During the Depression, Jimmy Gralton returns home to Ireland after ten years of exile in America. Seeing the levels of poverty and oppression, the activist in him reawakens and he looks to re-open the dance hall that led to his deportation.
1987, love in time of war. A bus driver George Lennox meets Carla, a Nicaraguan exile living a precarious, profoundly sad life in Glasgow. Her back is scarred, her boyfriend missing, her ... See full summary »
When an American human rights lawyer is assassinated in Belfast, it remains for the man's girlfriend, as well as a tough, no nonsense, police detective to find the truth... which they soon ... See full summary »
Accepted for screening only 2 days before the 2010 Cannes Film Festival opened. See more »
This song is from Mesopotamia, uh... which means the land between the two rivers: the Tigris and the Eufrates, where the homo sapiens learned to write, to count and mark the stars, which anthropologists called the cradle of civilizations. In my dreams it might be once again.
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423rd Review: Passion overtakes Ken Loach - off-balanced but effective
Ken Loach remains the British auteur. Route Irish while definitely not his best due to the off-script ad lib workshop style remains a powerful and relevant film. It would have been made into a big Hollywood thriller in the US going all the way up to the Senate and beyond, and this is the film's strength - it focuses on squaddies - simple soldiers - no big politics here - and the film gets its impact from that.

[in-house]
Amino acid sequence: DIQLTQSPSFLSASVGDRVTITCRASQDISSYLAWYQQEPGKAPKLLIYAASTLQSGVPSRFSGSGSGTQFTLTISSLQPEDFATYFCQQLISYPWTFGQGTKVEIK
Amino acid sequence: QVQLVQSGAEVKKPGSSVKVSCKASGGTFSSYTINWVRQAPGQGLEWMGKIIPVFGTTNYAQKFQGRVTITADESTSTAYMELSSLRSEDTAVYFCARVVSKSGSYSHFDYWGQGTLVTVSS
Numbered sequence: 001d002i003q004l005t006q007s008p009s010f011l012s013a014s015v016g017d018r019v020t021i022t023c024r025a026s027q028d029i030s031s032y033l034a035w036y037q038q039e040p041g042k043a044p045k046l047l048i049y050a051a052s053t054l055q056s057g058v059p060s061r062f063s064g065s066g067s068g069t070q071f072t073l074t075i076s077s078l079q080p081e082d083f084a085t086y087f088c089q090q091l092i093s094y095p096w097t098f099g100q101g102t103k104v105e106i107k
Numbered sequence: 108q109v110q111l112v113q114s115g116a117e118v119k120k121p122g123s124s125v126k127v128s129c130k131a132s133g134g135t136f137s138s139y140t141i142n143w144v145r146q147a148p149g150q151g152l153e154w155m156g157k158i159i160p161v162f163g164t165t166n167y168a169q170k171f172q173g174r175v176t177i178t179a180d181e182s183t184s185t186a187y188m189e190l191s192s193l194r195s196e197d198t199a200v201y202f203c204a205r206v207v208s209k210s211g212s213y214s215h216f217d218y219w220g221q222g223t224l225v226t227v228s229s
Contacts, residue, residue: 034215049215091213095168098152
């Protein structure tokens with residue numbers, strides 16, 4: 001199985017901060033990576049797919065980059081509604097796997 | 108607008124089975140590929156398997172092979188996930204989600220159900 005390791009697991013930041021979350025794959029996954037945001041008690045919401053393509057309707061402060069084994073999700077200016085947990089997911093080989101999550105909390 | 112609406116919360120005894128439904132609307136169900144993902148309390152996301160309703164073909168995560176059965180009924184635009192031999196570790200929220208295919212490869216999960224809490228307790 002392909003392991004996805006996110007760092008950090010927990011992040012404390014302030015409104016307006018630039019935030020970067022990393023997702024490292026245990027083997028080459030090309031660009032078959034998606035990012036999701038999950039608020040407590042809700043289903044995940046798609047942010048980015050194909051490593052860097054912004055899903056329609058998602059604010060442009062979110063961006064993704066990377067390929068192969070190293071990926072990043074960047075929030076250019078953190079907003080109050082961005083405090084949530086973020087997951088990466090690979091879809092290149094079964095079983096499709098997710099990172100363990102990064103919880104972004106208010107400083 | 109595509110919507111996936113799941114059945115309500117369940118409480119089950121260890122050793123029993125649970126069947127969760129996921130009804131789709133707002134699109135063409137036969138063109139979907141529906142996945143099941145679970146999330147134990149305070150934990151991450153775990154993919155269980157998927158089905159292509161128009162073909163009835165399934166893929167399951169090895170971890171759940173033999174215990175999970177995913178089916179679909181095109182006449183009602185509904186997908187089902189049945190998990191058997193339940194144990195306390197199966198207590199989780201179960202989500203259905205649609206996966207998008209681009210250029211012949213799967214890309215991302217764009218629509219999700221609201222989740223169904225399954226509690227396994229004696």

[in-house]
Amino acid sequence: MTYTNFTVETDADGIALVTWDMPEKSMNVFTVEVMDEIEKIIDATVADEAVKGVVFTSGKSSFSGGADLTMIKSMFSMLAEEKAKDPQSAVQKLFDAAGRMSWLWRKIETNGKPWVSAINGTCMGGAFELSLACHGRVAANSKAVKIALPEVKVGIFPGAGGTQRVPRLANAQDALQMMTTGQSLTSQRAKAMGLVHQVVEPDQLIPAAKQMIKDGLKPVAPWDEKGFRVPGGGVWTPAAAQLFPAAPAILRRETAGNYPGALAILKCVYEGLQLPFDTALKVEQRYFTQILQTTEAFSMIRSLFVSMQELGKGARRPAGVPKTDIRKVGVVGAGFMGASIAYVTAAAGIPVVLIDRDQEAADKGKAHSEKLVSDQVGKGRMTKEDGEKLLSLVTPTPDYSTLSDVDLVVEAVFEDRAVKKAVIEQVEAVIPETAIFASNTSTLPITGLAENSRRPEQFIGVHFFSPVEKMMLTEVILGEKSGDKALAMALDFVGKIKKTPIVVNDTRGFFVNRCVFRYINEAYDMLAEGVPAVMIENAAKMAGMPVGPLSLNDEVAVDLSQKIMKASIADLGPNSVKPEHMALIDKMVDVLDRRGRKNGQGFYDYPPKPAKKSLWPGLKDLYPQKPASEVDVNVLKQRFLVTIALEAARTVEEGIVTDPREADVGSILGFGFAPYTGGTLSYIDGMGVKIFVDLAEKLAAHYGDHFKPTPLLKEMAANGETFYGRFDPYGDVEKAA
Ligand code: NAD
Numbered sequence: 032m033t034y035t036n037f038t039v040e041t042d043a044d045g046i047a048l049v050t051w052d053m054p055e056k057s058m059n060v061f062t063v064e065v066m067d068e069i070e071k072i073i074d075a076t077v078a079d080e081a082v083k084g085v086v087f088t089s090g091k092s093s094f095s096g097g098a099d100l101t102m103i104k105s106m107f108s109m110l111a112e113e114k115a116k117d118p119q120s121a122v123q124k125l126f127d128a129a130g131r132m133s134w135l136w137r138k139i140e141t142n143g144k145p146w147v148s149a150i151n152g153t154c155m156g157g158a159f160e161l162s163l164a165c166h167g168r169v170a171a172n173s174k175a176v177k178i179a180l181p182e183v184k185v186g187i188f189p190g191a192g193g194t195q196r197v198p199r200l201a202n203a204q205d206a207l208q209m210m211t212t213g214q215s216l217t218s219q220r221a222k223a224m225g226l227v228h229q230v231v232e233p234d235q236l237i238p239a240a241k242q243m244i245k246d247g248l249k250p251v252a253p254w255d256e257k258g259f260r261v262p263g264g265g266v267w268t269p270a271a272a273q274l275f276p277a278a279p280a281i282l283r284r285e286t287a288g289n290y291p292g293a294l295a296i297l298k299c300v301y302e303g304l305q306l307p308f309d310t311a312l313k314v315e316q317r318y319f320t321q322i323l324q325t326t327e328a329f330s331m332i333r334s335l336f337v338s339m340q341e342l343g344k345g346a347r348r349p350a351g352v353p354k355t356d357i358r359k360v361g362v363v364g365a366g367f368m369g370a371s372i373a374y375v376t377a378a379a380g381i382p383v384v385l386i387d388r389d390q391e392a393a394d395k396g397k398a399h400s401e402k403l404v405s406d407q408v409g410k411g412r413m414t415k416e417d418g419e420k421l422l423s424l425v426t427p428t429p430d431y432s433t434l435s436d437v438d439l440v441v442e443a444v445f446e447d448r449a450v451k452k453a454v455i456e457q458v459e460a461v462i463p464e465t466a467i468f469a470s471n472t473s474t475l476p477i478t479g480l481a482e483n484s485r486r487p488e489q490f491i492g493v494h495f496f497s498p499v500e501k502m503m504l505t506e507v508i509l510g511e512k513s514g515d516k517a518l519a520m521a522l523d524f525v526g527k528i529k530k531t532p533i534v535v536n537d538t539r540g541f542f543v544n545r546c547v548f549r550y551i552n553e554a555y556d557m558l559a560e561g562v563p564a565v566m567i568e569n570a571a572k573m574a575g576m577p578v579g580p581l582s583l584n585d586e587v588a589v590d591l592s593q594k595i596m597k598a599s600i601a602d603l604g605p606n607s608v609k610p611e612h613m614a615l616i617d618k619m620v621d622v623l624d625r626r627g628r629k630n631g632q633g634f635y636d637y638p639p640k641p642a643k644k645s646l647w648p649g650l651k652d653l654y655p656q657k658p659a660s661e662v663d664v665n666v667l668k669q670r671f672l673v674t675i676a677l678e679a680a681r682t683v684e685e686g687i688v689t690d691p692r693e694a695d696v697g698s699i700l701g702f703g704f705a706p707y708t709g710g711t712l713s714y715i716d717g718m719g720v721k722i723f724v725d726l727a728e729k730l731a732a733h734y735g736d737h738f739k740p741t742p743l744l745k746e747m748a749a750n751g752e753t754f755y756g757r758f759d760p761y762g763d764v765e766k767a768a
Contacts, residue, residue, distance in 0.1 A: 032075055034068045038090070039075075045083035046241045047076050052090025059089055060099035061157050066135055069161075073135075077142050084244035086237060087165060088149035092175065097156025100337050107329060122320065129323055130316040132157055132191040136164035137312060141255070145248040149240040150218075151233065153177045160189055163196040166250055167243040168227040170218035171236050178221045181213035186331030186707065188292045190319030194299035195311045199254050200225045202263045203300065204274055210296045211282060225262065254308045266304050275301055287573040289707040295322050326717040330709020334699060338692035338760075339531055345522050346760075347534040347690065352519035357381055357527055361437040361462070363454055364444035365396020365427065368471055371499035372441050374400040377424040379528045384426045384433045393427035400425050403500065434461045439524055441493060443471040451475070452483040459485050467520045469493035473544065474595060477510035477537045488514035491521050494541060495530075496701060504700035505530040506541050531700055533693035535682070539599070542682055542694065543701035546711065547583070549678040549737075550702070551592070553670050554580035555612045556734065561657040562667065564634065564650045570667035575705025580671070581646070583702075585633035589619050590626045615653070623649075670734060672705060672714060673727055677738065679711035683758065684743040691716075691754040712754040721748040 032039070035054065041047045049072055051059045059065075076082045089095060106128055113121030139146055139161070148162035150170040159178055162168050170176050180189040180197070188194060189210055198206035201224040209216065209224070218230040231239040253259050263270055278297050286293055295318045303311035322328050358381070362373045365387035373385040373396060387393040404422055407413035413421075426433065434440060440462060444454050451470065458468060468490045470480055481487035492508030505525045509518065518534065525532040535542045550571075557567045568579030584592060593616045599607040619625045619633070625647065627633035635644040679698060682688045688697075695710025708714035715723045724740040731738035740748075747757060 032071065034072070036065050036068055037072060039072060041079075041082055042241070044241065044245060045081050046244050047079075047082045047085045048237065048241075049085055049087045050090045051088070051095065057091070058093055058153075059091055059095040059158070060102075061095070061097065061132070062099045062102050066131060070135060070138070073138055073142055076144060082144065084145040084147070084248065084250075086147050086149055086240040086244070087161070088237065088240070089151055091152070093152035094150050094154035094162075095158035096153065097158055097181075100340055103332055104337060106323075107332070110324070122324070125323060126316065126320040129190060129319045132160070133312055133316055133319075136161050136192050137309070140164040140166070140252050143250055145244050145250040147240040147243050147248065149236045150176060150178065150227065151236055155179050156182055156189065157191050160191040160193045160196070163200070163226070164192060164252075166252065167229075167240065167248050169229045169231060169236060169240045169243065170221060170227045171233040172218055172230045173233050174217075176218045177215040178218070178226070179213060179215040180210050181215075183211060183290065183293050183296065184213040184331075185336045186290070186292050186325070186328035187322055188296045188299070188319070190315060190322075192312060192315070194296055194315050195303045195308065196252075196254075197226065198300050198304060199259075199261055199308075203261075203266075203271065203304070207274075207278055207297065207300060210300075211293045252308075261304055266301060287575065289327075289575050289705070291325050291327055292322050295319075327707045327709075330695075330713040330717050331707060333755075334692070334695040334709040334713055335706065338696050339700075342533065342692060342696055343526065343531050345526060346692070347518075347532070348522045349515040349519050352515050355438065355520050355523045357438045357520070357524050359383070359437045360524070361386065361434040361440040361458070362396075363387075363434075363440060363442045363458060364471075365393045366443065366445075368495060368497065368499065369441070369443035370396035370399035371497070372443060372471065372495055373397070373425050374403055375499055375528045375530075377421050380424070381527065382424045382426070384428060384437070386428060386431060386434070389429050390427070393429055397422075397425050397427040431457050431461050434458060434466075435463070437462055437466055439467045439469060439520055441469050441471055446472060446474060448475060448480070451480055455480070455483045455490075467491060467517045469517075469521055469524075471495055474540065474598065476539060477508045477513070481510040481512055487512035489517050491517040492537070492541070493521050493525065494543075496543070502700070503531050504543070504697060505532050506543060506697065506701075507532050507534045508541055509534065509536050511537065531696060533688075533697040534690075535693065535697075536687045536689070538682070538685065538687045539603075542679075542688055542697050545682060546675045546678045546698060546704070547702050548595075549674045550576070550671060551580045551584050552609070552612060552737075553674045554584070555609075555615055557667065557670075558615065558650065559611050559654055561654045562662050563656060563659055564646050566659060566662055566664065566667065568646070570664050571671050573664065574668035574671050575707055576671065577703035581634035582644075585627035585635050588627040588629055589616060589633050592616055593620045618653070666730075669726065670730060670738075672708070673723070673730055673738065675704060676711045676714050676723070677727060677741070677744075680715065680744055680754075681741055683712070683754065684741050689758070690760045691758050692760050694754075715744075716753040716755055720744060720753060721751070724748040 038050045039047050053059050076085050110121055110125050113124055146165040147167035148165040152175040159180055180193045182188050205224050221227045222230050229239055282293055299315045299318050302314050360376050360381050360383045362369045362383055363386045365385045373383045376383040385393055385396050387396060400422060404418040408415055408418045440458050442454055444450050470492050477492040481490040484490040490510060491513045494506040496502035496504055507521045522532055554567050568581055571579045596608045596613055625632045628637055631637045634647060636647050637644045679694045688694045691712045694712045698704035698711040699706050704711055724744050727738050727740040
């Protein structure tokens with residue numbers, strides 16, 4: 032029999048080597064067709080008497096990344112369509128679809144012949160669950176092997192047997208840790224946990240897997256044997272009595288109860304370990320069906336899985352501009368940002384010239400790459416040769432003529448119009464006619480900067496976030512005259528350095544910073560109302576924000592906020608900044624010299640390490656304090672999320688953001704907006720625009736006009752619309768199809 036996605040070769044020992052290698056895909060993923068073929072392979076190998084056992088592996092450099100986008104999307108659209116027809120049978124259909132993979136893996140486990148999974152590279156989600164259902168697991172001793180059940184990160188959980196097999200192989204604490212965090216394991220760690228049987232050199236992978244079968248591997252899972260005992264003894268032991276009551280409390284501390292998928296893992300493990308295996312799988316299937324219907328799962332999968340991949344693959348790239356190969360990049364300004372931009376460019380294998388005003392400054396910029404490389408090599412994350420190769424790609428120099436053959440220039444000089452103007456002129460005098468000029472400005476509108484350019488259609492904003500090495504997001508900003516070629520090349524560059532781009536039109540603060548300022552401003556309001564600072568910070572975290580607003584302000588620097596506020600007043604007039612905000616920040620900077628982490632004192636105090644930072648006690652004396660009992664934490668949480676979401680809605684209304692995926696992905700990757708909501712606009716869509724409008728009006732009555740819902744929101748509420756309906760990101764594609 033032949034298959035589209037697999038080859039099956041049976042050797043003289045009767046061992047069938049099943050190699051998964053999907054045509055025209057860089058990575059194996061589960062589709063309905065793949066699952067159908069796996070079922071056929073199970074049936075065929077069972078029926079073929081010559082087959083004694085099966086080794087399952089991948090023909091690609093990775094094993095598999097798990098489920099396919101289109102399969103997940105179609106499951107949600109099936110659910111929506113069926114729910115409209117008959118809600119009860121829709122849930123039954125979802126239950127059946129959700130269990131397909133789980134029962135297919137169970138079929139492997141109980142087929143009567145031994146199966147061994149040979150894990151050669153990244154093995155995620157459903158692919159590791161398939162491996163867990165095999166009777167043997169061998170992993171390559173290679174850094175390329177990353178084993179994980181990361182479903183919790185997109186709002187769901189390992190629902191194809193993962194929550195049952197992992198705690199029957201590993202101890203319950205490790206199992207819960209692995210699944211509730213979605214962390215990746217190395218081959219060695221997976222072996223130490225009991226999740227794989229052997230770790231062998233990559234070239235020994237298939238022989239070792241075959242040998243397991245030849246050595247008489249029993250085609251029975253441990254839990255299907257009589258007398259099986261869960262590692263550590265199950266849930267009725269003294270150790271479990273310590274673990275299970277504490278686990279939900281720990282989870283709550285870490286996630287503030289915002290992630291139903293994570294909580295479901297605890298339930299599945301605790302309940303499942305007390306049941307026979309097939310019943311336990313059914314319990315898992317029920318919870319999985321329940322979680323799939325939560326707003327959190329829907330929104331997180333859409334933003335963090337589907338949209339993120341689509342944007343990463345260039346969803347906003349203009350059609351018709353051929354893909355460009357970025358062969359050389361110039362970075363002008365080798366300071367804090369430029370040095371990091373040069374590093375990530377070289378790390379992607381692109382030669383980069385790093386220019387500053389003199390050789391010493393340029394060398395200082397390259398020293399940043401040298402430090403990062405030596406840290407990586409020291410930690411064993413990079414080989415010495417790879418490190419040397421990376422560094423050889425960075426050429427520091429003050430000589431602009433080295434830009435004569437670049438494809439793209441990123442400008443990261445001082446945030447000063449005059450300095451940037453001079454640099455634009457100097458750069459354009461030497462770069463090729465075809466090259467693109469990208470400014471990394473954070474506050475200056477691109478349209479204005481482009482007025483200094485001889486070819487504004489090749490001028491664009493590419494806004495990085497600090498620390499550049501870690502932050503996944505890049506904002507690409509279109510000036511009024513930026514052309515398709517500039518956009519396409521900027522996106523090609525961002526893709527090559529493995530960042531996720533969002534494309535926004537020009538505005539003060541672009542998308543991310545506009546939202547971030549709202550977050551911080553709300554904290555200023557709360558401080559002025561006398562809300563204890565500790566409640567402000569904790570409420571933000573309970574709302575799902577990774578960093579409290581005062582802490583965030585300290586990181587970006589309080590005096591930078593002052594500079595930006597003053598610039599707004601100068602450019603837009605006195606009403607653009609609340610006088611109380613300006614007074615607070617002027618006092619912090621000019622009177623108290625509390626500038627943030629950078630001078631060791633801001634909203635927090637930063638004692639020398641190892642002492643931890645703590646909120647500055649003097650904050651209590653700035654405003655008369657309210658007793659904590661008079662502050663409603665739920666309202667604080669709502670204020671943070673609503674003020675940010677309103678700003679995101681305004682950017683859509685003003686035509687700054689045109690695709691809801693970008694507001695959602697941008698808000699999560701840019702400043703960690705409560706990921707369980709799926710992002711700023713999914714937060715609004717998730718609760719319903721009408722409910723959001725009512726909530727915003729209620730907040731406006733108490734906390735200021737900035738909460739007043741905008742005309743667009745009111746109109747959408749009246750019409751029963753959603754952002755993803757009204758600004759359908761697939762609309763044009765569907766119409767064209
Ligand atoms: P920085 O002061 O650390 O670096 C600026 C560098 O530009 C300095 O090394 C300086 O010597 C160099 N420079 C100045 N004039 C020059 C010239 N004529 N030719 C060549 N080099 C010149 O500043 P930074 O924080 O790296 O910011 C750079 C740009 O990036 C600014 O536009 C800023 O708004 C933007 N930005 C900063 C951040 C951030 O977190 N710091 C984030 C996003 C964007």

The plot of the man whose best friend joins up because of him then dies is mysterious circumstances in Iraq is a very strong plot - more so that most Loach films.
Set in Liverpool and Iraq the filming, the settings, the language, and even, in places the acting are crude and in your face - this is not Ae Fond Kiss or even The Wind That Shakes The Barley, this is an angry Ken, a Ken saying look this matters forget subtlety - let's just get it done.
The film is carried by Mark Womack who brings both skill as an actor and improviser and an unknown raw almost out of control energy that carries the themes and give the film its power.
All in all, while not Loach's best in terms of film, this should be his most powerful and relevant, but by opting for a crude and broad approach instead of some subtle in with the barrage - left this viewer numbed - some space and silences (Like all over Loach films have had magnificently) would have helped perhaps.
A visceral film but one that overpowers the viewer's emotions too much, one that while still very powerful doesn't linger as other Loach films have.
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